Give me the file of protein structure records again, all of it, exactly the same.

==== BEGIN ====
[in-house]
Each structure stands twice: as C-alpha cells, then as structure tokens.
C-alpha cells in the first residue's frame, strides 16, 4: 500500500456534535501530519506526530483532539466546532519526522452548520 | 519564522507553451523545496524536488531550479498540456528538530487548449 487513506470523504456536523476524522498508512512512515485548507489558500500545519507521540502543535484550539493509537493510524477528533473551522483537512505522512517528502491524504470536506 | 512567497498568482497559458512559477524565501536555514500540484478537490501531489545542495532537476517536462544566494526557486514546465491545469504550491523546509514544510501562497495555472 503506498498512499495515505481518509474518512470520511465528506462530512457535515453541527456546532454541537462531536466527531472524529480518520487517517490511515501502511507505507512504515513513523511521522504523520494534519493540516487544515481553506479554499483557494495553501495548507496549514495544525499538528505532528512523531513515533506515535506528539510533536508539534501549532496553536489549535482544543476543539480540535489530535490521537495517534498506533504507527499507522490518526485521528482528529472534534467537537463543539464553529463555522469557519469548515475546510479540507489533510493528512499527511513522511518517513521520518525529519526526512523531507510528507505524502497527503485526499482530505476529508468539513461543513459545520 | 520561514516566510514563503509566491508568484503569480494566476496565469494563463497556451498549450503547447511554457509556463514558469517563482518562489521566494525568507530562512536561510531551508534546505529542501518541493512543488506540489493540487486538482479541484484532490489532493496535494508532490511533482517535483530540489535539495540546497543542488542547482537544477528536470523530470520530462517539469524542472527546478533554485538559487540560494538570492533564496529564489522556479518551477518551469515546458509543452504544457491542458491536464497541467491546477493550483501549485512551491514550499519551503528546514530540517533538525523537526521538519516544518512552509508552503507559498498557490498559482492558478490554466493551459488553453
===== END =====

[in-house]
Each structure stands twice: as C-alpha cells, then as structure tokens.
C-alpha cells in the first residue's frame, strides 16, 4: 500500500456534535501530519506526530483532539466546532519526522452548520 | 519564522507553451523545496524536488531550479498540456528538530487548449 487513506470523504456536523476524522498508512512512515485548507489558500500545519507521540502543535484550539493509537493510524477528533473551522483537512505522512517528502491524504470536506 | 512567497498568482497559458512559477524565501536555514500540484478537490501531489545542495532537476517536462544566494526557486514546465491545469504550491523546509514544510501562497495555472 503506498498512499495515505481518509474518512470520511465528506462530512457535515453541527456546532454541537462531536466527531472524529480518520487517517490511515501502511507505507512504515513513523511521522504523520494534519493540516487544515481553506479554499483557494495553501495548507496549514495544525499538528505532528512523531513515533506515535506528539510533536508539534501549532496553536489549535482544543476543539480540535489530535490521537495517534498506533504507527499507522490518526485521528482528529472534534467537537463543539464553529463555522469557519469548515475546510479540507489533510493528512499527511513522511518517513521520518525529519526526512523531507510528507505524502497527503485526499482530505476529508468539513461543513459545520 | 520561514516566510514563503509566491508568484503569480494566476496565469494563463497556451498549450503547447511554457509556463514558469517563482518562489521566494525568507530562512536561510531551508534546505529542501518541493512543488506540489493540487486538482479541484484532490489532493496535494508532490511533482517535483530540489535539495540546497543542488542547482537544477528536470523530470520530462517539469524542472527546478533554485538559487540560494538570492533564496529564489522556479518551477518551469515546458509543452504544457491542458491536464497541467491546477493550483501549485512551491514550499519551503528546514530540517533538525523537526521538519516544518512552509508552503507559498498557490498559482492558478490554466493551459488553453